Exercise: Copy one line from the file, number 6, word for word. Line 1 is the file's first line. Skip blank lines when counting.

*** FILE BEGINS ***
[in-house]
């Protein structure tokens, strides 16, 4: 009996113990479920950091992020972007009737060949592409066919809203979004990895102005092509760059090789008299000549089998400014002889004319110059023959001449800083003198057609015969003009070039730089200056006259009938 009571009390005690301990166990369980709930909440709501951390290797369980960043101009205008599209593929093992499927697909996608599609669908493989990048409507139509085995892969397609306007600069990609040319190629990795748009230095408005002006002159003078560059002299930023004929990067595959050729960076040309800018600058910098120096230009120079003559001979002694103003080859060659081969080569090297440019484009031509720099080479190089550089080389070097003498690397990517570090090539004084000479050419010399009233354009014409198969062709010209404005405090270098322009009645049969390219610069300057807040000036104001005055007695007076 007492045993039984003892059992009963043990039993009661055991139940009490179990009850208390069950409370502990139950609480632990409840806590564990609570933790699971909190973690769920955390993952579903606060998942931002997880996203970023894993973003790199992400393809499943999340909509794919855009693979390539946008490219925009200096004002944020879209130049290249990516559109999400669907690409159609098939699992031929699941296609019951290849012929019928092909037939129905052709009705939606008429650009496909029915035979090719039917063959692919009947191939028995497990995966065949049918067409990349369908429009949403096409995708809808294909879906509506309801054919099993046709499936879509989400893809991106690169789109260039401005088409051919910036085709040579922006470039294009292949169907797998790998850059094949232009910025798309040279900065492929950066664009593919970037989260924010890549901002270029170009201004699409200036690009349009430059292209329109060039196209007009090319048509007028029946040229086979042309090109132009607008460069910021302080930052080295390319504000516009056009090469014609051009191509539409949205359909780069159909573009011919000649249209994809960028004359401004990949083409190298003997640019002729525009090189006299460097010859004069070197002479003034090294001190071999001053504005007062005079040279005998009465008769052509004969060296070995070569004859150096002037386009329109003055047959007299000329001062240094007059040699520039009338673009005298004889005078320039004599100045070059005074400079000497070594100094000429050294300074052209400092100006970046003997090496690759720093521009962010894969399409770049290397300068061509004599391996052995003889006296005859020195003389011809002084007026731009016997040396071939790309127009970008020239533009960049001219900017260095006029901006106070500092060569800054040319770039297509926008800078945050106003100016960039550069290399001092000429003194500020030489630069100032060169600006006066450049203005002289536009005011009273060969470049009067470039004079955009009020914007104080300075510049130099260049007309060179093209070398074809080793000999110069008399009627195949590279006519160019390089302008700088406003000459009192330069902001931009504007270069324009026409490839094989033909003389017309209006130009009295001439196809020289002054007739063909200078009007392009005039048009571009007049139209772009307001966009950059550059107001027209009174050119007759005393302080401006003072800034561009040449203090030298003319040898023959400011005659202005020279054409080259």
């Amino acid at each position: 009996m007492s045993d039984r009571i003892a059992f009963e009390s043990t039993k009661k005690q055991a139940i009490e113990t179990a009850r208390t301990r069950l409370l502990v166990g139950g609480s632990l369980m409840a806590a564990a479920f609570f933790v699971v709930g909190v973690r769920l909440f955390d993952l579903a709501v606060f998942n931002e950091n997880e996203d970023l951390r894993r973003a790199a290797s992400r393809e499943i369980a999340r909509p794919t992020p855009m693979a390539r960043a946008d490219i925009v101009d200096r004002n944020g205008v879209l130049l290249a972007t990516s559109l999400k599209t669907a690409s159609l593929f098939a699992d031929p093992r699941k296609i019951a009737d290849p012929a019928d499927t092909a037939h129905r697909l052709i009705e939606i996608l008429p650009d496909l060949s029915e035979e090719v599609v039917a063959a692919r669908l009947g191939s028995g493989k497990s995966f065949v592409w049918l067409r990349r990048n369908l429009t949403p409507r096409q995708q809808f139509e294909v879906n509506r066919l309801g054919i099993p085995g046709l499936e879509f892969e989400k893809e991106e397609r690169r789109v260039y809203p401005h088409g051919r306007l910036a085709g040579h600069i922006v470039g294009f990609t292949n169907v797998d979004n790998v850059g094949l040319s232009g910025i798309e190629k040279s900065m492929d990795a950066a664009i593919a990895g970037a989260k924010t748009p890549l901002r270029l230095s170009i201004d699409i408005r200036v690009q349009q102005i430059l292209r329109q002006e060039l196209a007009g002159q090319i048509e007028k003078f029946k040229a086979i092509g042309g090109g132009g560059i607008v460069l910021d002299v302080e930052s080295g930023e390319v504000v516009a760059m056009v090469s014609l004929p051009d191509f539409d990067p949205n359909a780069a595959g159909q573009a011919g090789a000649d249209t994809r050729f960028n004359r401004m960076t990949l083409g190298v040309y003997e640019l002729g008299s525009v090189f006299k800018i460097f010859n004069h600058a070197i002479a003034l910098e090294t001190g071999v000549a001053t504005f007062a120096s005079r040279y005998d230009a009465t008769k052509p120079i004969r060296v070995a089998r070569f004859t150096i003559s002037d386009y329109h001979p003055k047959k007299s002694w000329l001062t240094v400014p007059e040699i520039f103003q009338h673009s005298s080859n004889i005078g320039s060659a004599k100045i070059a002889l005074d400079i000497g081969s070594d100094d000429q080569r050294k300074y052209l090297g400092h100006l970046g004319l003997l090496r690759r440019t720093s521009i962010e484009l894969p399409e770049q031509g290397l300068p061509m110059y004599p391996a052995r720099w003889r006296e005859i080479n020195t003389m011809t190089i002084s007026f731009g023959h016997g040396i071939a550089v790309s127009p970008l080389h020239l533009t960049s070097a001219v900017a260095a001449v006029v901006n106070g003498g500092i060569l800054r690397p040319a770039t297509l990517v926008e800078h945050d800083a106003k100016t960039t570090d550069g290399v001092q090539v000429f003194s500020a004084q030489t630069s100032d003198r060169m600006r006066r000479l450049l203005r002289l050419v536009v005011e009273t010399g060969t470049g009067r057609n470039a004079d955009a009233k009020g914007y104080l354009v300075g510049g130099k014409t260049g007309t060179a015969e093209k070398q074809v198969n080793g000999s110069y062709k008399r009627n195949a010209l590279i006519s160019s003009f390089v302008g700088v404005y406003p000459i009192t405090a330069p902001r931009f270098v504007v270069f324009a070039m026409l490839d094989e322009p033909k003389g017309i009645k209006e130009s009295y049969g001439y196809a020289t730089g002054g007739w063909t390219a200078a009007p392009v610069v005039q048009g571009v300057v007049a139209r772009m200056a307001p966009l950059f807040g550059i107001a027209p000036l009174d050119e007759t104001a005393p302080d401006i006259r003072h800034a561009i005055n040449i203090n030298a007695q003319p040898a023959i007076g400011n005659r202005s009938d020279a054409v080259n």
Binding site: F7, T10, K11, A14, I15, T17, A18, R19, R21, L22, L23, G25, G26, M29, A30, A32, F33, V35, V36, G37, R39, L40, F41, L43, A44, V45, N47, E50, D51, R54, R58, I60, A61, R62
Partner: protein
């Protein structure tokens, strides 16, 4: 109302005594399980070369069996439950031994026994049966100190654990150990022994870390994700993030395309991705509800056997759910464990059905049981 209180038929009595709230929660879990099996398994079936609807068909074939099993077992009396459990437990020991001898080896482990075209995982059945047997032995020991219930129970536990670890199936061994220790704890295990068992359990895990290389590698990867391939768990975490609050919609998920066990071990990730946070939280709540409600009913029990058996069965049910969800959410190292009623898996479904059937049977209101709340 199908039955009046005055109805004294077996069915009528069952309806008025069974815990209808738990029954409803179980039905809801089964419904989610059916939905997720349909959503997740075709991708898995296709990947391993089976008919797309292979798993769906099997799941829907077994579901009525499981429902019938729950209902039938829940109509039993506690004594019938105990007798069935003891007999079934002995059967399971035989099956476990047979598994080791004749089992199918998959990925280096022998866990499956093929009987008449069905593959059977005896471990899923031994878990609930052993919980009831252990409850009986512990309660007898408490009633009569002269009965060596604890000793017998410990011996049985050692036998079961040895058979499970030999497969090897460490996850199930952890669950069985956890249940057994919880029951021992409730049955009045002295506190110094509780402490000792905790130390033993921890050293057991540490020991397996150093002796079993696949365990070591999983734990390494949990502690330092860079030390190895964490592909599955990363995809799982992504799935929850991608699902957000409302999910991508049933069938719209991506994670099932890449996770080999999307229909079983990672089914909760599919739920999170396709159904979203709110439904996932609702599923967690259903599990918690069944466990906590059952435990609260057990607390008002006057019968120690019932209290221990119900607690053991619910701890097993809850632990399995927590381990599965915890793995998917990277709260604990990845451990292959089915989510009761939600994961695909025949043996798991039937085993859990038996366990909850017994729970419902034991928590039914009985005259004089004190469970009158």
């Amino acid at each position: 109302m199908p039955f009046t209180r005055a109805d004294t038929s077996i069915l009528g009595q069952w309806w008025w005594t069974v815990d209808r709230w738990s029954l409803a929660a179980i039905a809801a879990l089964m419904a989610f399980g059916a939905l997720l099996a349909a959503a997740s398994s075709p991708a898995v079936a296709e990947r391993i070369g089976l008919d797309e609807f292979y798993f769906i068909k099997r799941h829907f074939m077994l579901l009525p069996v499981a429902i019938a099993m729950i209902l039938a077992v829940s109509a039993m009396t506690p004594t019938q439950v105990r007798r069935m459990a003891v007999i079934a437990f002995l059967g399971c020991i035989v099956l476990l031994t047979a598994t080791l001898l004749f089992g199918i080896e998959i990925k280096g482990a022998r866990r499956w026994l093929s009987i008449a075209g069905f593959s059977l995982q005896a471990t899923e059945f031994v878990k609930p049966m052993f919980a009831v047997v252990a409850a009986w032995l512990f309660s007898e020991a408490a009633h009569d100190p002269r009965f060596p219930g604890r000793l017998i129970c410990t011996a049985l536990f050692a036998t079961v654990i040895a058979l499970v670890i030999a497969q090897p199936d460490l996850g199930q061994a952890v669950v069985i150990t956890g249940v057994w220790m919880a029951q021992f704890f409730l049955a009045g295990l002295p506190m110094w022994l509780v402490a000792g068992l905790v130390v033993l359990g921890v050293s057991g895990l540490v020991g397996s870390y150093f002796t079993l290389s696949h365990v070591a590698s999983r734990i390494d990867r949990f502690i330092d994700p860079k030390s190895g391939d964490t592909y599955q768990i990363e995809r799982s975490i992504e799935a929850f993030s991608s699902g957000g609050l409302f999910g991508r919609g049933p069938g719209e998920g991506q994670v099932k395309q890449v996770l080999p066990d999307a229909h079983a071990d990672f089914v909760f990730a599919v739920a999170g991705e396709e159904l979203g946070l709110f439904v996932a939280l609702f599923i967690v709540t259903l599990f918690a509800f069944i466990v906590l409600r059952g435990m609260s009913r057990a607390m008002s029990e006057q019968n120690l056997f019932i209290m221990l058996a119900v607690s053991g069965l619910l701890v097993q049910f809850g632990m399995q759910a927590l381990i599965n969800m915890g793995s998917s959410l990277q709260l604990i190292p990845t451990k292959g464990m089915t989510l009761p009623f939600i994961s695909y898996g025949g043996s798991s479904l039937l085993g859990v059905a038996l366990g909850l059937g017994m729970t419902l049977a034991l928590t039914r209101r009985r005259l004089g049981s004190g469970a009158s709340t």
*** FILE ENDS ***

């Protein structure tokens, strides 16, 4: 109302005594399980070369069996439950031994026994049966100190654990150990022994870390994700993030395309991705509800056997759910464990059905049981 209180038929009595709230929660879990099996398994079936609807068909074939099993077992009396459990437990020991001898080896482990075209995982059945047997032995020991219930129970536990670890199936061994220790704890295990068992359990895990290389590698990867391939768990975490609050919609998920066990071990990730946070939280709540409600009913029990058996069965049910969800959410190292009623898996479904059937049977209101709340 199908039955009046005055109805004294077996069915009528069952309806008025069974815990209808738990029954409803179980039905809801089964419904989610059916939905997720349909959503997740075709991708898995296709990947391993089976008919797309292979798993769906099997799941829907077994579901009525499981429902019938729950209902039938829940109509039993506690004594019938105990007798069935003891007999079934002995059967399971035989099956476990047979598994080791004749089992199918998959990925280096022998866990499956093929009987008449069905593959059977005896471990899923031994878990609930052993919980009831252990409850009986512990309660007898408490009633009569002269009965060596604890000793017998410990011996049985050692036998079961040895058979499970030999497969090897460490996850199930952890669950069985956890249940057994919880029951021992409730049955009045002295506190110094509780402490000792905790130390033993921890050293057991540490020991397996150093002796079993696949365990070591999983734990390494949990502690330092860079030390190895964490592909599955990363995809799982992504799935929850991608699902957000409302999910991508049933069938719209991506994670099932890449996770080999999307229909079983990672089914909760599919739920999170396709159904979203709110439904996932609702599923967690259903599990918690069944466990906590059952435990609260057990607390008002006057019968120690019932209290221990119900607690053991619910701890097993809850632990399995927590381990599965915890793995998917990277709260604990990845451990292959089915989510009761939600994961695909025949043996798991039937085993859990038996366990909850017994729970419902034991928590039914009985005259004089004190469970009158």